Query letter help

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I like that 'Vague query letters!' remains delightfully vague...

I thought I encountered something somewhere saying that for genre books it's not necessarily a problem to talk about the ten-book series your novel is going to be part of.

*sigh* about this:

"Most writers query too soon – ... with a book that is a learning book, or a starter book, where the writer is working through the themes that will come out in later books with more clarity, getting things out of their system, making mistakes that most beginners make, finding their voice"
Hex, don't take it all as 'written in stone'... good writing will shine, no matter what!! Besides, if Agents knew it all, they'd all be mega-rich and not have passed on Harry Potter, would they? I cannot think of any writer who hasn't been rejected at the beginning of their career - except some of those 'intellectual' idiots who use their father's name, and celebrity writers. But they're not 'real' writers, are they?
I'm at the stage of (re-writing again) and trying to believe that the wip is reaching the end of its progress and becoming just a w.

It's just so hard to judge when something is finished, and to be fair they say so in the list.

What *are* the mistakes that most beginners make?
Can't speak for everyone, but I only gave my first book to friends, (wasn't aware of the chrons back then!), didn't edit enough, and didn't get honest opinion. Sent it out waaay toooo soon, and the rejections helped, because I knew I had to be doing it wrong. Get as many honest opinions as you can - if there's a consensus, then it may need more work. You only get one shot, you have to make sure it's the best you believe it possibly can be... good luck!!
Yes, I'd second everything HareBrain says, telford. I can see where TEiN is coming from, but I don't think an attention-grabbing first line is actually going to do you any good. In fact, quite the reverse.

Writing is a business, so you should be writing a business letter. A soft business letter, perhaps, and with a hint of excitement -- the epistolary equivalent of a well-tailored suit in a cashmere mix but with red killer heels. Or a red hankie in the breast pocket for you men. (Though you can wear the heels if you really want...)

TJ (and others) :)

I wasn't suggesting that it should be attention grabbing just for the sake of grabbing attention.

I was suggesting that the first thing they see in that letter is the most important thing you wish to say about your book.

I suspect, (oh yes, I could be absolutely wrong with this one) but how many times in a lifetime do you need to read

Dear Mrs. Agent...

before you start to get fed up with it and skip it.

It took me about 20 times. (in fact if that topic line hits me between the eyes I don't care who it's addressed to. I'll read the rest.)

Uncommon Purpose: A tale of galactic daring do - or whatever.

Dear Mrs Agent,

Please and so it continues in a suitably grovelling manner. It makes her feel good about herself maybe but as a start to the day it's all very tiresome and repetitive stuff.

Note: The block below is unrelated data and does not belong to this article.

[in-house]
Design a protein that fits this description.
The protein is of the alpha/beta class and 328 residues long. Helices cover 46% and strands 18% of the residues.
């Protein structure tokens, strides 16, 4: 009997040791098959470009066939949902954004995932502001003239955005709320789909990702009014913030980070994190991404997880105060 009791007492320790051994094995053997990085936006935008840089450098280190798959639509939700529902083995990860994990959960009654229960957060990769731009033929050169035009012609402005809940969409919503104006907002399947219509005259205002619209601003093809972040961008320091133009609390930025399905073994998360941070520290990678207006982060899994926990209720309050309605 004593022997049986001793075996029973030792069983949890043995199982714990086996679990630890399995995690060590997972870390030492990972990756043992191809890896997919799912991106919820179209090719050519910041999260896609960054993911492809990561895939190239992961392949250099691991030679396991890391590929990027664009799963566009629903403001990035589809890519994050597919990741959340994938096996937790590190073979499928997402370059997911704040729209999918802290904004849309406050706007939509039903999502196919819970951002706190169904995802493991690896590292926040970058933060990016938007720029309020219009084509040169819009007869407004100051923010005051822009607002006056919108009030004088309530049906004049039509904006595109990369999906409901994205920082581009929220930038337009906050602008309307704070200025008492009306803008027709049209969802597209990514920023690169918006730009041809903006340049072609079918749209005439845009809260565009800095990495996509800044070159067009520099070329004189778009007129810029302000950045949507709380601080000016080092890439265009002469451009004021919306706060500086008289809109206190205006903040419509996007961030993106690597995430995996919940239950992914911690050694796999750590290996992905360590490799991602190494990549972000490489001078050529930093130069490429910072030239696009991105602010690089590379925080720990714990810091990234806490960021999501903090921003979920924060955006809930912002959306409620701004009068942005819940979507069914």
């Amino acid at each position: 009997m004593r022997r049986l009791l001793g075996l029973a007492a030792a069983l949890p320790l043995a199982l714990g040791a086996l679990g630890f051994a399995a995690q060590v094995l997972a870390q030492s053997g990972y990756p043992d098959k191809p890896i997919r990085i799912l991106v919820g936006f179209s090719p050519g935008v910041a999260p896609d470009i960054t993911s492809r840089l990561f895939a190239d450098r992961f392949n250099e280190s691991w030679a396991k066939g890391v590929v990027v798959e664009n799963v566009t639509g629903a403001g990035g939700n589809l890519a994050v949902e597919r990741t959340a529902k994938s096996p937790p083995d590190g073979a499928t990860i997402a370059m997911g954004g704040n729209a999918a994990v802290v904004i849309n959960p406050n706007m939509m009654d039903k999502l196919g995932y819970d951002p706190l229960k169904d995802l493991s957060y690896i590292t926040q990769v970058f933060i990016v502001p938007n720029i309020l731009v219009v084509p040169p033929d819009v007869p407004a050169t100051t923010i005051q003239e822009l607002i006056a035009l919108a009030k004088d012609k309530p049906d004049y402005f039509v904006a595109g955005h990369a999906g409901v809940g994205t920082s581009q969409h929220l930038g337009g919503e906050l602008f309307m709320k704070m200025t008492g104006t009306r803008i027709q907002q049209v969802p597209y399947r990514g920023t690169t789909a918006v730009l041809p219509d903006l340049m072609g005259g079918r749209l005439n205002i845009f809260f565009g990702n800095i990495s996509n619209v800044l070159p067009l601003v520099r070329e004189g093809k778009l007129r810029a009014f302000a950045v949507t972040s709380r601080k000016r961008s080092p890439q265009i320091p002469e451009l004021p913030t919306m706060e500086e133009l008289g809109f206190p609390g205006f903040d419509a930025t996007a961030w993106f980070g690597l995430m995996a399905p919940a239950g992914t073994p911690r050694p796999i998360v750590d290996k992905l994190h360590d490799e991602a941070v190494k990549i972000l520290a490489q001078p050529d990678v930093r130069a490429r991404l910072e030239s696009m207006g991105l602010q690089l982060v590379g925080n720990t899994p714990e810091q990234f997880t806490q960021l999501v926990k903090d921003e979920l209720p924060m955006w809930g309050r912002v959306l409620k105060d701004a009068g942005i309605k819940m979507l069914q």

OK, now I know what I'm in for. Am I interested - well that depends on what that line said, but I'm under no illusions. This writer is telling me he means business. The niceties are there, he knows my name but he appreciates I'm a busy person and if that line doesn't ring my bell he understands I'll go no further. I can skip the pathetic pleading 'please please be my agent' bit and get to that important meaty synopsis bit. In fact I'd be tempted to miss out the please be my agent bit altogether.

Why else would this bloke be writing to me. So straight in there with the
And, if I like it I'll find out how to get in touch with him, no doubt somewhere his address or email will be lurking in this.

Dear Mrs. Agent,

"Uncommon Purpose" is a tale of young love and space pirates ...


Into this highly delicate political situation is thrown Grob Wilksamer, a young grudge bearing cadet in his final year at the Galactic Space Academy. He really joined the service to avenge the death of his mother and sister at the hands of these evil space pirates and has sworn, on his life, to the pluck out the eyes of Scrott Argwhamer, the captain responsible.

and so on

As I said, Just a different take.

However, there must be something that makes agents read other peoples submissions before others. Could it be that they get enthused by the tone of the introduction of some over others.

Now if you look up what's the thing that catches your attention. It's that opening line. It might be a crap line (as above) but there is no doubt what this letter is about. That's why nearly every every business introductory letter starts with one.

Maybe what we need is a challenge to write an introduction letter and vote on what people (if they were agents) would be interested in.
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